‘Heart of Jazz in the Valley’ tribute to musician

  • Tom McClung

Thursday, September 14, 2017

Tom McClung was a local jazz legend — a busy pianist, arranger, composer and Valley mainstay from the ’70s until he moved to Paris in 1998. His passing this past May got the rest of the music community connecting and reminiscing, resulting in an upcoming special five-hour concert to pay tribute to McClung and numerous other departed players.

The memorial event is called “Heart of Jazz in the Valley” and will take place at Gateway City Arts in Holyoke on Sunday from 3 to 8 p.m.

More than 50 performers from the Pioneer Valley jazz scene will share songs and stories on two stages, with archival videos, photos and memorabilia on display.

The overflowing lineup includes vocalists Marion Groves, Lynne Meryl, Carol Smith and Patty Carpenter, Eshu Bumpus, Tony Vacca, Claire Arenius, Secondary Messengers, Jim Argiro Trio, Moonlight and Morning Star, pianists Ken Forfia and Dick Moulding, bassists Avery Sharpe, George Kaye and Joe Fonda, and many other musicians, most of whom worked alongside McClung at some point. NEPR “Jazz a la Mode” host Tom Reney is the emcee.

Pianist Paul Arslanian, longtime leader of the Green Street Trio, is the event’s music coordinator. He’s in charge of scheduling the musicians — of which there are now so many that Arslanian himself probably won’t have time to fit on the bill, as he said with a smile during an interview last week.

Arslanian moved to the Valley from Oakland, California back in 1984, and he met McClung soon after. It was an era with not a lot of jazz pianists in the area, so they started calling each other when they needed to substitute for gigs.

He laughed warmly while remembering the house on Conz Street where McClung once lived with bassist Whitney Cronin and other musicians. “Total squalor” was one descriptive phrase; “constant music 24/7” was another.

In the ’80s McClung, Arslanian and others often met and jammed at piano parties held at Hampshire Piano (then located in Florence, but currently in Chesterfield). 

Arslanian said of McClung, “He was pretty eclectic. He composed a lot. He was influenced by classical, traditional and Dixieland music, Monk and Bud Powell.”

Vocalist Marion Groves was one of the many who collaborated with McClung over the decades, playing as a duo, part of a trio, or together in the Valley Big Band or Paradise City Jazz Band, and she still remembers his supportive nature in her early days.

“I felt intimidated by my lack of knowledge of the genre, but Tom played so beautifully and never copped the attitude that many players put forth toward ‘singers.’ His generosity of spirit and time spent with a singer who was ‘green’ fills my gratitude bucket each time I reflect back on it,” she said.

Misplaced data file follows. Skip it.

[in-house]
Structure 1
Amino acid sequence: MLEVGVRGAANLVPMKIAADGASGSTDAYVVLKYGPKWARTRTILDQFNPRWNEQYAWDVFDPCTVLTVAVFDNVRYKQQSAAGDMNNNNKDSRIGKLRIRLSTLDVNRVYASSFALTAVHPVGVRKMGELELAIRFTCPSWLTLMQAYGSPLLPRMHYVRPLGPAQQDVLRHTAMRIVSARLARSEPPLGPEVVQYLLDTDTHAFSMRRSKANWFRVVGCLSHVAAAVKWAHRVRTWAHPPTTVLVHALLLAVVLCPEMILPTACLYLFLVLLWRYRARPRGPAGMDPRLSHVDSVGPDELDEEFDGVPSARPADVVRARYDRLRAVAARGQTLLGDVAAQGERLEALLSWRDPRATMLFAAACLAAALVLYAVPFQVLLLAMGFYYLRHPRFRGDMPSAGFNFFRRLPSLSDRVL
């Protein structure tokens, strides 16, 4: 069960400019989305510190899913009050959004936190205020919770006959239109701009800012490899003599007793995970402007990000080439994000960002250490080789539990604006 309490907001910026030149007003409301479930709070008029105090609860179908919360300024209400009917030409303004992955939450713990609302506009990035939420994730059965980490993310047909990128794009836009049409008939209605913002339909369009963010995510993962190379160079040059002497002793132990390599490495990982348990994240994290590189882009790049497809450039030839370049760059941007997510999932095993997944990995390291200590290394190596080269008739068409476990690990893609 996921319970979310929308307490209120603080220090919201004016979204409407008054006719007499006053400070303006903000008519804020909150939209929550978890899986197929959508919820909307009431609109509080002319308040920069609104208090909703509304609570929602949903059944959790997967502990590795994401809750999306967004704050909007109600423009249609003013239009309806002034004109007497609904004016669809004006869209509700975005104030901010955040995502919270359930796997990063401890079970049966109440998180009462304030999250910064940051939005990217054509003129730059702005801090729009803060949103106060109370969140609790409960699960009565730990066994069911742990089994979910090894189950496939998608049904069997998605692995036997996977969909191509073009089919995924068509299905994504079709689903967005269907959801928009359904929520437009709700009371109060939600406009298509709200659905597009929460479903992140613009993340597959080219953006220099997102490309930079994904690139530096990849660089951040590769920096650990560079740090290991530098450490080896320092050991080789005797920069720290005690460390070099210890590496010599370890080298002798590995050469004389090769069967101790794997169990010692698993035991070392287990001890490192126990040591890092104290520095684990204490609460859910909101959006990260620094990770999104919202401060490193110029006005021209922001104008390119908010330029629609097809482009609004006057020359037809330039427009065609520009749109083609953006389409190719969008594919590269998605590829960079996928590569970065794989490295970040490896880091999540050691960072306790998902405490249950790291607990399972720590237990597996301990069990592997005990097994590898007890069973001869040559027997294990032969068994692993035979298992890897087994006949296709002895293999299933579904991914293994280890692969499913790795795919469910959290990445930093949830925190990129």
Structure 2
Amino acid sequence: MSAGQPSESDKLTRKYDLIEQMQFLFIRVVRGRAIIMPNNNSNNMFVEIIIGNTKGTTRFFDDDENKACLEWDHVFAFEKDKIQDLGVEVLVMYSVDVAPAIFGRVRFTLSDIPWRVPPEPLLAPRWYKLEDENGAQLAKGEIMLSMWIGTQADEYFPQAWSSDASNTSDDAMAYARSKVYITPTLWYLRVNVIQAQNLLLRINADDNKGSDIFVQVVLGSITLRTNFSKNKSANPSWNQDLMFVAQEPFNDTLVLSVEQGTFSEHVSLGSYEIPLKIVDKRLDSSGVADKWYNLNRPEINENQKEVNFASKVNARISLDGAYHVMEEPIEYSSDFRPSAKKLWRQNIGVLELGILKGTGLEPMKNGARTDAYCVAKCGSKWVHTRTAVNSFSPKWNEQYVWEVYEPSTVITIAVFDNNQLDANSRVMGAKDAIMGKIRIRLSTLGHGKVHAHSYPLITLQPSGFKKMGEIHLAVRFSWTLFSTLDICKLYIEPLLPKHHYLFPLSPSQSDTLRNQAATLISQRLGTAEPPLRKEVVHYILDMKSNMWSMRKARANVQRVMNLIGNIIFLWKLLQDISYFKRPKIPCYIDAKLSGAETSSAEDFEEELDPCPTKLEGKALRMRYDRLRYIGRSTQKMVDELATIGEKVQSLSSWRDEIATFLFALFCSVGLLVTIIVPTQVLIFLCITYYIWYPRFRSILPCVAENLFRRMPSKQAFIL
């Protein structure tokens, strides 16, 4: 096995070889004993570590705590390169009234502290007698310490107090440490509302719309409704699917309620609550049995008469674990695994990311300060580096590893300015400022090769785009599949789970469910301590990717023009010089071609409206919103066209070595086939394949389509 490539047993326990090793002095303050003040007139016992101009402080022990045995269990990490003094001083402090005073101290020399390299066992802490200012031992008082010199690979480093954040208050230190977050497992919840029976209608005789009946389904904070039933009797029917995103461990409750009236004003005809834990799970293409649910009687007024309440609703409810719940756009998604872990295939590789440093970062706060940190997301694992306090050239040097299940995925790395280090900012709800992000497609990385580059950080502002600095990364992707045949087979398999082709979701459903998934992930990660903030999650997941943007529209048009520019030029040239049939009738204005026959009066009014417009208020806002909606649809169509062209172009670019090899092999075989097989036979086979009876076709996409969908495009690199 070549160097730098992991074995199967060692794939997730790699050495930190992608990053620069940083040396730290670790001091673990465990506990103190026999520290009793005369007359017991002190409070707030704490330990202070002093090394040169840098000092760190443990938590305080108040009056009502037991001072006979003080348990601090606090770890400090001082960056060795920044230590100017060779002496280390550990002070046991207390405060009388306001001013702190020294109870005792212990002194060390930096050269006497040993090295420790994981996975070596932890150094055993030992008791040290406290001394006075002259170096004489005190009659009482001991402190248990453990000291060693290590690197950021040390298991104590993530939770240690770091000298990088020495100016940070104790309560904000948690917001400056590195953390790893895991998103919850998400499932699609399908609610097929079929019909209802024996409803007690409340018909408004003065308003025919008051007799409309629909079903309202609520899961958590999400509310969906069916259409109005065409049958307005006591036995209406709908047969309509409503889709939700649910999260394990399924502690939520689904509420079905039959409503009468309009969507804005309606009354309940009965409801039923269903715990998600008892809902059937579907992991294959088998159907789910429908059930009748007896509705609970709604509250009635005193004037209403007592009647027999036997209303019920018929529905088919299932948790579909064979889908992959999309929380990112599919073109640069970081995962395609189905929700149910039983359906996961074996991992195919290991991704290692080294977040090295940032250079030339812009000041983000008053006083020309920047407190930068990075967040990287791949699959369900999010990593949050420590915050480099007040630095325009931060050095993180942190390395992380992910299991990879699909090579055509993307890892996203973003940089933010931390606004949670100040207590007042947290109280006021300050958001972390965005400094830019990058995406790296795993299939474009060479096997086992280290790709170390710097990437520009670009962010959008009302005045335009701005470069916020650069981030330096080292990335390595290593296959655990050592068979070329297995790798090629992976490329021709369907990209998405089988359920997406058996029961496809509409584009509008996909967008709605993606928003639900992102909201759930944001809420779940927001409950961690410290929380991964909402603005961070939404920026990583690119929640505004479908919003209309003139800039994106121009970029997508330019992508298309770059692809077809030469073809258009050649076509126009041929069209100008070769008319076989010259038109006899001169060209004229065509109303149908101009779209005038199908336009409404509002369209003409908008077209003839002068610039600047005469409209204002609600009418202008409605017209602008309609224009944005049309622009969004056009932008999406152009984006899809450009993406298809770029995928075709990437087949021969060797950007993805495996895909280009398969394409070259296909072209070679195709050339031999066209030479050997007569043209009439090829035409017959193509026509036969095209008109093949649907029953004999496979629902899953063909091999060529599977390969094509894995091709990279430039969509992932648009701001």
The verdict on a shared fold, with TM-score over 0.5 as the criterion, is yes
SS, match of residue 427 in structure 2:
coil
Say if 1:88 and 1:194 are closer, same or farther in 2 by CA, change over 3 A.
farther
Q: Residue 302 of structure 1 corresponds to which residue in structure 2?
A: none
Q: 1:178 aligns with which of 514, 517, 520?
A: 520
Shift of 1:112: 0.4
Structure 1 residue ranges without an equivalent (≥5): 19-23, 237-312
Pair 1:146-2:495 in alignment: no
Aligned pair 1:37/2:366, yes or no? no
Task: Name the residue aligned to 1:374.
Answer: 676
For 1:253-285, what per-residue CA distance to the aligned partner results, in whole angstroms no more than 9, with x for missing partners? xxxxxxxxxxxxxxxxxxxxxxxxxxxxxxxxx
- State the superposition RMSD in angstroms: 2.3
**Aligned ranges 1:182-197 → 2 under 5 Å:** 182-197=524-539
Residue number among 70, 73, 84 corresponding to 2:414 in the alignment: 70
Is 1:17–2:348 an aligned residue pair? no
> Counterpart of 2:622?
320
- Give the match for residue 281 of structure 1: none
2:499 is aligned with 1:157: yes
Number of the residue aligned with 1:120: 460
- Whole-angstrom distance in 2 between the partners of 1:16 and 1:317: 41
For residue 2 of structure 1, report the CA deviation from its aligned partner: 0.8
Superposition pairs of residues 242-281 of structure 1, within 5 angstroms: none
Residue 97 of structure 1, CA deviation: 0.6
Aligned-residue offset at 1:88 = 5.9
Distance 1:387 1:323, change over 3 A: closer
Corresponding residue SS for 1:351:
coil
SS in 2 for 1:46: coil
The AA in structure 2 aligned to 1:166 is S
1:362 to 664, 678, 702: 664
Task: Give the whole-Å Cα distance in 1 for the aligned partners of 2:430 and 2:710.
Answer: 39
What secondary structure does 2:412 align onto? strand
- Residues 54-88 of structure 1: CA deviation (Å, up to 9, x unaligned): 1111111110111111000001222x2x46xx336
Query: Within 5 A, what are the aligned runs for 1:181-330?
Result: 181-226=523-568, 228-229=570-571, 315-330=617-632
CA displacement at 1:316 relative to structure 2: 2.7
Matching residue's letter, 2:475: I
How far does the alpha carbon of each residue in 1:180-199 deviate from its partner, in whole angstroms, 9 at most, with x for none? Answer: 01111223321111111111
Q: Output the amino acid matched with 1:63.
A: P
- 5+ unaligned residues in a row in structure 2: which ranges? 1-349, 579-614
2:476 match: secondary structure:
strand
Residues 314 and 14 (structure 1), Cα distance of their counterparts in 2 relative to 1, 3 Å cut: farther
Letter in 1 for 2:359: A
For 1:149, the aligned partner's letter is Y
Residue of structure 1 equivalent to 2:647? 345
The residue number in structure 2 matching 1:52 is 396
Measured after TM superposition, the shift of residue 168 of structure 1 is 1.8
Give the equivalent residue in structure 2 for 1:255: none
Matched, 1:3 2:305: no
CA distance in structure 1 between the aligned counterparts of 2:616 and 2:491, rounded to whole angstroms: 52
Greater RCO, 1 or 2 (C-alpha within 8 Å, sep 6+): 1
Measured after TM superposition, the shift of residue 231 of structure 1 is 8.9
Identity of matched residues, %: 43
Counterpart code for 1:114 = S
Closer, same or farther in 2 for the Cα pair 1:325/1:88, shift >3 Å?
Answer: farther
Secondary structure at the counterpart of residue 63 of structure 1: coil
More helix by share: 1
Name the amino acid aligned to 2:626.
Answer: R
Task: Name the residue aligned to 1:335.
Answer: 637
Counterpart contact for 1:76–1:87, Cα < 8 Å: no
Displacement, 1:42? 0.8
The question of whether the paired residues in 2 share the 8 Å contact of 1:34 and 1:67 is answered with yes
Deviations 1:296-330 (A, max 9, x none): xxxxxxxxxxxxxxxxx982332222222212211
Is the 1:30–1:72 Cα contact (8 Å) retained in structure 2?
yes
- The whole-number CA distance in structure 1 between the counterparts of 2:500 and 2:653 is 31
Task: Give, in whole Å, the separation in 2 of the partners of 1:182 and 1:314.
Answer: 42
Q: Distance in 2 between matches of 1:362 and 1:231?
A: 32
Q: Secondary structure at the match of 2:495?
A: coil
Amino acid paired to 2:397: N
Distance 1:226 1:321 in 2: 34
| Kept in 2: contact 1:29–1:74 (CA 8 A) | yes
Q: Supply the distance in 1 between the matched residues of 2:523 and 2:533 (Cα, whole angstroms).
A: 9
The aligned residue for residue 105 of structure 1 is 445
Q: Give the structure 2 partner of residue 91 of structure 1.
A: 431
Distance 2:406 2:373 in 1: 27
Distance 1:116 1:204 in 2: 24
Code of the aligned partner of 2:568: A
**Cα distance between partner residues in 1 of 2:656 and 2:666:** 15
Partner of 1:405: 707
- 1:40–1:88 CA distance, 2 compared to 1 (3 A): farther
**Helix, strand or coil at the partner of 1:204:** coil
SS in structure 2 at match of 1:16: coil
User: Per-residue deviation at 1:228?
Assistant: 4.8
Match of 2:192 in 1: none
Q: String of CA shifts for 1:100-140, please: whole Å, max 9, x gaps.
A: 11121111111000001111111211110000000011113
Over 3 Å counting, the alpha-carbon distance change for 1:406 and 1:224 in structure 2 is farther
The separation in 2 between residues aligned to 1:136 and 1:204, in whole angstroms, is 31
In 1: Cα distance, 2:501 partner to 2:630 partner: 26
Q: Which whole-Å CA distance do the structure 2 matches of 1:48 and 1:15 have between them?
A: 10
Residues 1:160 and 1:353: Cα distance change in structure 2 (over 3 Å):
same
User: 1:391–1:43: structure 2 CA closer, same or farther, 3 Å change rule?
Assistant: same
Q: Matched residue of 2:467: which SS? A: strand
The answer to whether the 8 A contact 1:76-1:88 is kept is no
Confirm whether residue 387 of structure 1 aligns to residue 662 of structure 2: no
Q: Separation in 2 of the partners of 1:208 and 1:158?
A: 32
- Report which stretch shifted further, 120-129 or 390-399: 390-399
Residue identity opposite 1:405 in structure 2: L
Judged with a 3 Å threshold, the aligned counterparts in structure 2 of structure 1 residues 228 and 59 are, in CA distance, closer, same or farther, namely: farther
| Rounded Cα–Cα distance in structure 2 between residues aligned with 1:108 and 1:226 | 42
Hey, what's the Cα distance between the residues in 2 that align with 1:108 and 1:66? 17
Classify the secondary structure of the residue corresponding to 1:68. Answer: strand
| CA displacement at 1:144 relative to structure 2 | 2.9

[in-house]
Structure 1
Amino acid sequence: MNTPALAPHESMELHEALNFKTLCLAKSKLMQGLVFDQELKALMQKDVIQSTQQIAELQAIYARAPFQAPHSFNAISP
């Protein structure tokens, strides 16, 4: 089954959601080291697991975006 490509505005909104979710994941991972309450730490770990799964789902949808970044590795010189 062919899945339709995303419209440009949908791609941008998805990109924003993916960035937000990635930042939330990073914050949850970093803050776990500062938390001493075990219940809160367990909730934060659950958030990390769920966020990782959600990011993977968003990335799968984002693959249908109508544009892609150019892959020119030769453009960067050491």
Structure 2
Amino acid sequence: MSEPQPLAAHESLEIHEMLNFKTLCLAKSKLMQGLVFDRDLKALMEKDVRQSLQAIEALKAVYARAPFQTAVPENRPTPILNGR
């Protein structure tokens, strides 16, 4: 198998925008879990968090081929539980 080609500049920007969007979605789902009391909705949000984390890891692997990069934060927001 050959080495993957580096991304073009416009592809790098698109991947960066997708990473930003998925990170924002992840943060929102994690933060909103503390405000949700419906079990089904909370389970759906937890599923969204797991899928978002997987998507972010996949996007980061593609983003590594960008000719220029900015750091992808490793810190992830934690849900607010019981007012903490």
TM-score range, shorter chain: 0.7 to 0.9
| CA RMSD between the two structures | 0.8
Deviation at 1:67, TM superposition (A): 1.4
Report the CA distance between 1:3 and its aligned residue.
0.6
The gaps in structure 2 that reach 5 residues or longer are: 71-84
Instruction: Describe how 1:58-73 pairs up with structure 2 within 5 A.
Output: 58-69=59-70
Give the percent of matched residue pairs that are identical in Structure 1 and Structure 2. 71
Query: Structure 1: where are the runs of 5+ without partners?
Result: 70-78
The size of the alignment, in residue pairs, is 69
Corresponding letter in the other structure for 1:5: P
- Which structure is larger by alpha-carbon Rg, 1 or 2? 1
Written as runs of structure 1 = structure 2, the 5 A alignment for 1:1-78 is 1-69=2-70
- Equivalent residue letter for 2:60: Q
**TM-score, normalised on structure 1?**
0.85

Groves still marvels at McClung’s deep love of music and dedication to his art: “I wonder if he slept at all, and venture to guess that Tom’s hands were on the keys probably most of the time in between eating, listening to music and whatever sleep he experienced. Maybe his hands were playing air piano in his sleep!”

Asked to choose favorite songs she performed with McClung, Groves thought of ballads by Jimmy Van Heusen (“But Beautiful”) and Hoagy Carmichael (“Skylark”). 

“Tom’s capacity to listen, to align with the vocalist and yet stretch out musically and express his monstrous talent with sensitivity and tasteful pause, are qualities I admire and analyze as I re-listen to past recordings in preparation for his memorial.”

In addition to McClung, the gathering will pay tribute to other local jazz musicians who’ve passed on, including Max Roach, Yusef Lateef, Marion Brown, Attila Zoller, Dave Shapiro, Dave Wertman, Dave Pinardi, Whitney Cronin, Bob Laclair, Steve Neil, Charles Majid Greenlee, Rick Eckstein, WTCC-FM jazz deejay Brother Rick Grant, and many others.

The “Heart of Jazz In the Valley” event will raise funds for the Tom McClung Scholarship Fund as well as the completion of a Tom McClung double CD.

Vitek Kruta, co-owner and director of Gateway City Arts, met McClung 15 years ago when Kruta ran New City Arts in Easthampton, where McClung was a regular featured performer. Kruta donated use of his space and sound system for the memorial event, which he said he sees as “a great opportunity to recognize the vibrant and diverse jazz community in the Valley and beyond, and to reflect and perhaps form new connections, ideas and collaborations, and contemplate the future of the Valley jazz scene.”

Arslanian said there would be a table-length sheet of paper at the event, on which musicians and others can write their memories of McClung and sign it, something to be added to the local jazz archive. “It’s an opportunity to put all these things together and see how we all relate — the breadth of the community is pretty big. We’re trying to make a dent in that history, to put it on paper.”

For more on “Heart of Jazz in the Valley,” visit gatewaycityarts.com/heartofjazz.